, one of the world's great jazz guitarists, teaches at CalArts and has just started online teaching at a new site called The Elite Guitarist (www.eliteguitaristjazz.com). When asked what a professional jazz musician is these days, he said, "This [is] a really multilayered [question]. [It means] . . . doing multiple things well. First of all, the notion of apprenticeship that you mention only takes place in various colleges and universities that have jazz programs, with faculty that are primarily comprised of the first generation that came through the college system with degrees. I remember talking with Chuck Berghofer
about his early days as a budding musician. He had no formal lessons ever and basically started gigging professionally after spending about a year practicing with records. He got a six night a week gig with Pete Jolly
and that was his education. This doesn't exist any longer [unfortunately] . . . [that] 'sink or swim' [environment] involved learning in a multidimensional waydynamics, empathy, communication, touch, time flow, sound, all elements which are just as important as note choice."
In the mid '70s, the great guitarist Sean Levitt, son of drummer Alan Levitt
and then in his early twenties, told me how he would go and watch his dad play gigs in the Village as a young teen in New York, and then go across the street and hang out with Bill Evans
, a family friend. "Bill used to take me home if my dad's gigs went late, and we'd often talk about harmony in the car on the way there." Imagine! What a unique part of his apprenticeship that must have been.
I had a taste of that world, like a kid briefly allowed to sit in the restaurant and only allowed to have an appetizer but not a real meal, and it left me envious. But the people I played with and befriended in London like Dave Cliff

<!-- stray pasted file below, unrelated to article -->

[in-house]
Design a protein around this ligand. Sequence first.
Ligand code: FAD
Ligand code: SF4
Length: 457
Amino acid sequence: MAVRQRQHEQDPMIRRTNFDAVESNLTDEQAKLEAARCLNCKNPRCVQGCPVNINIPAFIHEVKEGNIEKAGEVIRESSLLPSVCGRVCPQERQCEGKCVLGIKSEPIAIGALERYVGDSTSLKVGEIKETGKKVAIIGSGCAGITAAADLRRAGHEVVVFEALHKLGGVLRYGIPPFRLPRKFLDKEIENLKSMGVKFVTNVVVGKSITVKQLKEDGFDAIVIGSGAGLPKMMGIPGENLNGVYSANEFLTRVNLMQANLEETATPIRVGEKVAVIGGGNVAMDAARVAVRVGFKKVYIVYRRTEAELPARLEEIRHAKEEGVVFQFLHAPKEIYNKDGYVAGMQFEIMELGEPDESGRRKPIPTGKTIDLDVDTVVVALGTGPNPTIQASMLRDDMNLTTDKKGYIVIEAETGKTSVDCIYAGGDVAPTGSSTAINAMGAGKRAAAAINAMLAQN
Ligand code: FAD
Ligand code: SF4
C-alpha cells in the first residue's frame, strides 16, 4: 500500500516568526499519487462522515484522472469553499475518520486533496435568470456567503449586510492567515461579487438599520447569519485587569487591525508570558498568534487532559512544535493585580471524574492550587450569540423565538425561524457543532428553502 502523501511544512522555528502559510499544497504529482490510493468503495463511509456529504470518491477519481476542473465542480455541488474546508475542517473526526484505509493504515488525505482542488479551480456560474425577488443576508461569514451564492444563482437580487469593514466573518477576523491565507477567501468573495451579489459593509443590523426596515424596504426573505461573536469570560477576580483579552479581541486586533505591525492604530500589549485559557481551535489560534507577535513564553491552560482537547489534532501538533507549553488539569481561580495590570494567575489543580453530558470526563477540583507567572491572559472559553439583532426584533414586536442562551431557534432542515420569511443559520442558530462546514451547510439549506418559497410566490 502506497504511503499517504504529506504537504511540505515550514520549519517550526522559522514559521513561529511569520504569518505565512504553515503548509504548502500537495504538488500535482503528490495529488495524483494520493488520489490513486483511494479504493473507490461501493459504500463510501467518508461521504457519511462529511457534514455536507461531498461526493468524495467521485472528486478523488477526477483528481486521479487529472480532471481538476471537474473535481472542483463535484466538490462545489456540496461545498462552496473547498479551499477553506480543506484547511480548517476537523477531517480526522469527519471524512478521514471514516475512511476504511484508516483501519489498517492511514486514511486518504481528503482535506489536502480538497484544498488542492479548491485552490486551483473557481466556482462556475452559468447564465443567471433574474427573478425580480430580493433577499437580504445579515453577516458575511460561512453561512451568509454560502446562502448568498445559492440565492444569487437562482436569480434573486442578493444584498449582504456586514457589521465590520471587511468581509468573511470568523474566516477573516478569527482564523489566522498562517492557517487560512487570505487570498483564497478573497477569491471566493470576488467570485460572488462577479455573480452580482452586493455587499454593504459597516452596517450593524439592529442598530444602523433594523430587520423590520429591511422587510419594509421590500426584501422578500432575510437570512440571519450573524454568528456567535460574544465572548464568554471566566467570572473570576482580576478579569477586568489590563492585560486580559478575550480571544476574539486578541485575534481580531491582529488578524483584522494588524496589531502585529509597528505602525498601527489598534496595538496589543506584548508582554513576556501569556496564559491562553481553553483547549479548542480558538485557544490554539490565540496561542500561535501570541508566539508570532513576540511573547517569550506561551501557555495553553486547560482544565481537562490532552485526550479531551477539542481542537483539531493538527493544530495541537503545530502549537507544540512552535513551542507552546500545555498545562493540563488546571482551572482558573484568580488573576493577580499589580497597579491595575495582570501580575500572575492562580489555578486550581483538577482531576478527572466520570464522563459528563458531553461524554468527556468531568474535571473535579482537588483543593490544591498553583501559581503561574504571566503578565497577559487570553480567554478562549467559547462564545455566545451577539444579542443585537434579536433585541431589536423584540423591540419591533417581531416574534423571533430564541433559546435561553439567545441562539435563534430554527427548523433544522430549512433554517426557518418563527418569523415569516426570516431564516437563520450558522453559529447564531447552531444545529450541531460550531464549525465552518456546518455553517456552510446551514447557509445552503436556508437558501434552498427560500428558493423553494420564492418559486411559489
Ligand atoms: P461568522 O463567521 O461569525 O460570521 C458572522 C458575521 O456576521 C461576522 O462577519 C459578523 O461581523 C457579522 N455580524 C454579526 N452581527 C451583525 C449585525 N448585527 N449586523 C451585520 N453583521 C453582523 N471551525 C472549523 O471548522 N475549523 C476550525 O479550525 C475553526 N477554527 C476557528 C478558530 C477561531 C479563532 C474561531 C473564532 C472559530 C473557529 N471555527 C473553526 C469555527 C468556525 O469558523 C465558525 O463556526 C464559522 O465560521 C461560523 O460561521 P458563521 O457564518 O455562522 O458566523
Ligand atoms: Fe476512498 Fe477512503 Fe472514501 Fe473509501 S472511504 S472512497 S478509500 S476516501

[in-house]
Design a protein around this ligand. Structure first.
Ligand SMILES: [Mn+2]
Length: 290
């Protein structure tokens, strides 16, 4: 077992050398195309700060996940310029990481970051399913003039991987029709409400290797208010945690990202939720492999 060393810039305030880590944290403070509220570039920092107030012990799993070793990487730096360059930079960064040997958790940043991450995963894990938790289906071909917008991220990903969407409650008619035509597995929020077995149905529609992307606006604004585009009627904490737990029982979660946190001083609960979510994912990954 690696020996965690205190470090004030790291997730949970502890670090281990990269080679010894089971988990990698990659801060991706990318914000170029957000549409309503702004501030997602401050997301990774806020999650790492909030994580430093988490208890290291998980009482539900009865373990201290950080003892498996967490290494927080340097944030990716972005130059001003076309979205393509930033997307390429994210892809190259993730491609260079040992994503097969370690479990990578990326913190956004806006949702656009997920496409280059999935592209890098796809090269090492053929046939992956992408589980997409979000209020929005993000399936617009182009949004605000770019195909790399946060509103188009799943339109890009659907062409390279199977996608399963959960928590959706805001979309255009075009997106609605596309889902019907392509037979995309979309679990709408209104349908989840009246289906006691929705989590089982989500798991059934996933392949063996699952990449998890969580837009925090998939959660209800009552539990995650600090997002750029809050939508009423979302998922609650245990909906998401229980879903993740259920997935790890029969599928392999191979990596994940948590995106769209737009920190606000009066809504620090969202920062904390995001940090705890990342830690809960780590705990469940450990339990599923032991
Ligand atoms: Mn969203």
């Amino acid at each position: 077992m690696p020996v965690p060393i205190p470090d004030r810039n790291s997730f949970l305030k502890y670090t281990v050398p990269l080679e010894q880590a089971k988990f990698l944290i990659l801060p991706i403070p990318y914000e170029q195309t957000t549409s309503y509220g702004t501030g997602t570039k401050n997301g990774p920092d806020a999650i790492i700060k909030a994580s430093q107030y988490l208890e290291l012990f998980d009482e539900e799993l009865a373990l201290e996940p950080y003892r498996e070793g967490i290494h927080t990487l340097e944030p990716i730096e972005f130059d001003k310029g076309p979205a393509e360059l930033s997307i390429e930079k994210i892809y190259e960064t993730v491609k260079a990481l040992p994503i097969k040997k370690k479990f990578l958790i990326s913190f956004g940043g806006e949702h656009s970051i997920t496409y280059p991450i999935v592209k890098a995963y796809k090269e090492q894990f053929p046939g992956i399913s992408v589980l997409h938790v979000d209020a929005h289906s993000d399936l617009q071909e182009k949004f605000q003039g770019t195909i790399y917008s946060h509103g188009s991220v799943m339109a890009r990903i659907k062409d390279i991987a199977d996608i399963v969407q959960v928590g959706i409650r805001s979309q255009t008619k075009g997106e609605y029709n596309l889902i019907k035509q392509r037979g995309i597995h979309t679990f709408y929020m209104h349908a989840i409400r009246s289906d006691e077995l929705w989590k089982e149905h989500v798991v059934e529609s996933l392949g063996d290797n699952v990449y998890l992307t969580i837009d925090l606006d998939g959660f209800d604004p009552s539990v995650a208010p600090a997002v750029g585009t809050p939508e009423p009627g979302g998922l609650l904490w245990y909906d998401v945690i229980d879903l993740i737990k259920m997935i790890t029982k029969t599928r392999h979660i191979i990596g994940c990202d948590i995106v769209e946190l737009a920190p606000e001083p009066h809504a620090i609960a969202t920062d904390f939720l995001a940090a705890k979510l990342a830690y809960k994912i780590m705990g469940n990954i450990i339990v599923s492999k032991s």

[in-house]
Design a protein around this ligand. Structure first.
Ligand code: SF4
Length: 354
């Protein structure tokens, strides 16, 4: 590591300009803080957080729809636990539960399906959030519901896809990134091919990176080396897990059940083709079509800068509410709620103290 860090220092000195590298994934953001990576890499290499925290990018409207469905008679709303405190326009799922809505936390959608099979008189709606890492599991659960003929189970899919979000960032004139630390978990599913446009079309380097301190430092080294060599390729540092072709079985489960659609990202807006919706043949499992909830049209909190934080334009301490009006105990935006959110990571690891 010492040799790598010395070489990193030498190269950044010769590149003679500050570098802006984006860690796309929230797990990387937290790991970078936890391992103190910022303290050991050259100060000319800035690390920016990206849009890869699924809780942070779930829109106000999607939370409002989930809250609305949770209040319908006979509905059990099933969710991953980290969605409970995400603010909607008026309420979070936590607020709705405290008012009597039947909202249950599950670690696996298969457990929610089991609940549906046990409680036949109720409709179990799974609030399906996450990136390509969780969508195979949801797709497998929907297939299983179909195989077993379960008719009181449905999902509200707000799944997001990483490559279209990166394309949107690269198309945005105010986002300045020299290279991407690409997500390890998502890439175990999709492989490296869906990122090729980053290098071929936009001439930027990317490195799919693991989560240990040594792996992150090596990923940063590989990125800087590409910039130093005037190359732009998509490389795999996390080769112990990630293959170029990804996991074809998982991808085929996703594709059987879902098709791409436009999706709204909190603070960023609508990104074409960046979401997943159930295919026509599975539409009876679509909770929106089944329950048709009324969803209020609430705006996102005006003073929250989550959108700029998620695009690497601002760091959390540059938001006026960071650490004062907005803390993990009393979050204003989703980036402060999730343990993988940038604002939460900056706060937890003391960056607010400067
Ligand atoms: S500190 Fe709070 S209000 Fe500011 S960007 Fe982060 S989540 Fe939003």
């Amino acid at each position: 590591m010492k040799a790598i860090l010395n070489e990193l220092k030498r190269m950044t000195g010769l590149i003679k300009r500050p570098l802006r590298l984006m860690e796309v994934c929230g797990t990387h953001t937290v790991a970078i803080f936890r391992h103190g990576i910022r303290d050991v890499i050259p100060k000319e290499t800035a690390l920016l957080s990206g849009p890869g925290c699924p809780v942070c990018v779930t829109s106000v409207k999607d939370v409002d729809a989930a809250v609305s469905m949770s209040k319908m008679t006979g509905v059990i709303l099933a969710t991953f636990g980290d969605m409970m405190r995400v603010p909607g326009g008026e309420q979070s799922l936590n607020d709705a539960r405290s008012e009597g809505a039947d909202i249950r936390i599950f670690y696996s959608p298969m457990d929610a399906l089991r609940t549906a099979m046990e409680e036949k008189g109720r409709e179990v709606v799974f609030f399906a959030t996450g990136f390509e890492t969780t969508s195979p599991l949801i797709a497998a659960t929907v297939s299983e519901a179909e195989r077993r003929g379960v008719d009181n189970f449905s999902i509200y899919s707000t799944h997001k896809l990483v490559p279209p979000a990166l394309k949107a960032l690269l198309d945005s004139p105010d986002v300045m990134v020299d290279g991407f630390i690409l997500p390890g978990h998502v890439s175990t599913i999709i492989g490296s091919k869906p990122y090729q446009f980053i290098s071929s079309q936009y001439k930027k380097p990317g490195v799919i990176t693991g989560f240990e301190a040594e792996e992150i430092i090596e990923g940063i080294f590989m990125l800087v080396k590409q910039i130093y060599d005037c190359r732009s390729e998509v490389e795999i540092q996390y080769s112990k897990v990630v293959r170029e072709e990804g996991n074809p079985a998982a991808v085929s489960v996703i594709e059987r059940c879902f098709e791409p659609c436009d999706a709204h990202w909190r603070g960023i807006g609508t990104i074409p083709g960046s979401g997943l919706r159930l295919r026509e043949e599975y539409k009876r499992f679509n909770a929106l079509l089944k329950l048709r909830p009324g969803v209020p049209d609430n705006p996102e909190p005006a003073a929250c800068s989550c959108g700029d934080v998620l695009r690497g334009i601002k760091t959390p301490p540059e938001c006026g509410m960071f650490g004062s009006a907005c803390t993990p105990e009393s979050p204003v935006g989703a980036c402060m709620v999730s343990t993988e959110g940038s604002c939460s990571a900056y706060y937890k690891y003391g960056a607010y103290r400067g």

and Bobby Wellins
, when I was a student of Peter Ind
, helped me to cobble together some decent skills that got me to New York. There I studied more and hung out and played with musicians I met through my teachers and at sessions. Pretty much for three years straight, I was broke, eating a lot of beans and rice, living in one room in an apartment building filled with musicians just like me, and playing almost every day for hours at a stretch with stunningly talented unknown musicians and more established players like Junior Cook
, gigging when I could and working odd jobs under the radar when I couldn't. I was never happier than in that hardscrabble apprenticeship.
For Nate Brown
, a working bassist and founder of Brownbass Music, an entertainment management and consulting company for jazz artists, this question of who is a professional jazz musician is at the heart of what he does. "The apprenticeship thing is pretty much done now. I mean, maybe if you're part of the rhythm section [then] some masters are looking to hire young players, but otherwise you won't find a jazz musician who only just performs."
Jazz guitarist Brent Vaartstra